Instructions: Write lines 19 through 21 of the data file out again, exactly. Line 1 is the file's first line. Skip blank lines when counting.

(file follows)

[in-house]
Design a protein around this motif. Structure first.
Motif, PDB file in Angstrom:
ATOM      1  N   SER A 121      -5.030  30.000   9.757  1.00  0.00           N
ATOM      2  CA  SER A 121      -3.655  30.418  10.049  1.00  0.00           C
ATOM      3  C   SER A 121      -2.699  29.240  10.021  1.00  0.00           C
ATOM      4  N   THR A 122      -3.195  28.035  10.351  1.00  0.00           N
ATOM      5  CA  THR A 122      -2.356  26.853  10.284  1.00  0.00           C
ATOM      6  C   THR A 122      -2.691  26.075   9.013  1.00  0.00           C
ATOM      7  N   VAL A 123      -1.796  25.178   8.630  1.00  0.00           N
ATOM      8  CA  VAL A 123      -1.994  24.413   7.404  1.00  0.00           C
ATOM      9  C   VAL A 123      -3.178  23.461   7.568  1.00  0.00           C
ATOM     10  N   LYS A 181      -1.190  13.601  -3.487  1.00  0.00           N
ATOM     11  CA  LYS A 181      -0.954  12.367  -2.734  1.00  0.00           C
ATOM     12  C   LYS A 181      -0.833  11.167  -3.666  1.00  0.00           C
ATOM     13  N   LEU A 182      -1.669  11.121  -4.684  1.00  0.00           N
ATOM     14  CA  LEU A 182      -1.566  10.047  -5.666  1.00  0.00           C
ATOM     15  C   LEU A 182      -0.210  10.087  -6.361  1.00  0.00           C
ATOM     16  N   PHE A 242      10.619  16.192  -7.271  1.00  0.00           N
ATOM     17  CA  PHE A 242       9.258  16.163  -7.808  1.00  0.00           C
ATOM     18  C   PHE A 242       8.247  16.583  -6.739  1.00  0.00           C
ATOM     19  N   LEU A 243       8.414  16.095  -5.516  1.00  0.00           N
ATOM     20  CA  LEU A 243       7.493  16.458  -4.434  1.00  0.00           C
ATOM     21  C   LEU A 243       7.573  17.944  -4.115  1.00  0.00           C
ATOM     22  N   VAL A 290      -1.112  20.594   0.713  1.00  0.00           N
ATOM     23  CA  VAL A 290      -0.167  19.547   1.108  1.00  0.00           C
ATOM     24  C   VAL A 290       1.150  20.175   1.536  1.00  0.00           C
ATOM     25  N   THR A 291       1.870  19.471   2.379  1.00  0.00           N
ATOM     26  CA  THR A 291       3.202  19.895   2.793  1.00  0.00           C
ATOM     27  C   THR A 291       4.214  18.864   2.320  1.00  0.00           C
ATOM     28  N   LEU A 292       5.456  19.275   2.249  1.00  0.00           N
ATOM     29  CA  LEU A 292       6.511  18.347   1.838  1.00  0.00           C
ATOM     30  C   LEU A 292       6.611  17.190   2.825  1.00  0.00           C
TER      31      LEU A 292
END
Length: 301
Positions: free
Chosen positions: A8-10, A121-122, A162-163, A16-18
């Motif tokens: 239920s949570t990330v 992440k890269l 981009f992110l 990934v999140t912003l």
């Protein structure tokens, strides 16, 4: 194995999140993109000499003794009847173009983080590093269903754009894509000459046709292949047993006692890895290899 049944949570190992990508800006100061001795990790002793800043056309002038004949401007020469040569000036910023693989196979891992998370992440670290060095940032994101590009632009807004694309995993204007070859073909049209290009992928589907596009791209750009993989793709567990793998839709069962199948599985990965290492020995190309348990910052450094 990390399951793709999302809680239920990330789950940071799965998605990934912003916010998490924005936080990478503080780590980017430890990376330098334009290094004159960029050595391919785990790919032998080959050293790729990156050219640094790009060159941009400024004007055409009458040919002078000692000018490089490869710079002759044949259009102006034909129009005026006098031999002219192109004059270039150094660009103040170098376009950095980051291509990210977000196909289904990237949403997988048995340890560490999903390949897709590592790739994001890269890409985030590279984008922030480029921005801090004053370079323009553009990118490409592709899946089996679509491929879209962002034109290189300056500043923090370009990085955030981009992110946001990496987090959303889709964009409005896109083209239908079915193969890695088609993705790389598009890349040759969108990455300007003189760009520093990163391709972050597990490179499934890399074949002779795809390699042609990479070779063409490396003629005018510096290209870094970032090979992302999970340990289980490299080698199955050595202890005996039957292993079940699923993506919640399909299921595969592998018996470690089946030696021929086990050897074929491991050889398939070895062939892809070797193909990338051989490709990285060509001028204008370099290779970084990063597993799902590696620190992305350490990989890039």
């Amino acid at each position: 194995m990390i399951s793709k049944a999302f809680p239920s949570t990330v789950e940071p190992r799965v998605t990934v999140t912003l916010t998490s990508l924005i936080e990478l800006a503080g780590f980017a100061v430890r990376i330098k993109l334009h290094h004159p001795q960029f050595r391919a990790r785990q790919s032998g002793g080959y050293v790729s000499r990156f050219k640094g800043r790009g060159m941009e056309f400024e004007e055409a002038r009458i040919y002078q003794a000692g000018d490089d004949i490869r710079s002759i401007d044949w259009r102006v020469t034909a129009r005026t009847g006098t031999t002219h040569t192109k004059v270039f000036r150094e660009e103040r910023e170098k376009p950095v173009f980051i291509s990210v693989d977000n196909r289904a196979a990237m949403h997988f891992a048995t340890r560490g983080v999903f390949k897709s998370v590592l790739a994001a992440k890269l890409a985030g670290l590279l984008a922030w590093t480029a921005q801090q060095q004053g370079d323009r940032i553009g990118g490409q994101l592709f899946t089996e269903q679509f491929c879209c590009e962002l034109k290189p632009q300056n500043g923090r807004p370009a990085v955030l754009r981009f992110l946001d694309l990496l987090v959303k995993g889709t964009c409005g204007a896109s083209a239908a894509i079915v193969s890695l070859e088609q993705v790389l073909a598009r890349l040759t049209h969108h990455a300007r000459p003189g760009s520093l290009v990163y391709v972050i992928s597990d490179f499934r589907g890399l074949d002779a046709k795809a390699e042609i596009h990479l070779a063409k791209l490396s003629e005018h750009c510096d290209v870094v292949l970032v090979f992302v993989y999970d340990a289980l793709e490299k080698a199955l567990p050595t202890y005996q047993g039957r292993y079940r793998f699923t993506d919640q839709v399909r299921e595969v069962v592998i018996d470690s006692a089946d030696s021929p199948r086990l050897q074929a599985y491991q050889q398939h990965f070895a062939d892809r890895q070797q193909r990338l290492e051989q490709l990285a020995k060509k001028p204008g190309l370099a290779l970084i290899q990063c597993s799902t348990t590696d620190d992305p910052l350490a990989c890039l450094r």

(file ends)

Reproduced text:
ATOM     16  N   PHE A 242      10.619  16.192  -7.271  1.00  0.00           N
ATOM     17  CA  PHE A 242       9.258  16.163  -7.808  1.00  0.00           C
ATOM     18  C   PHE A 242       8.247  16.583  -6.739  1.00  0.00           C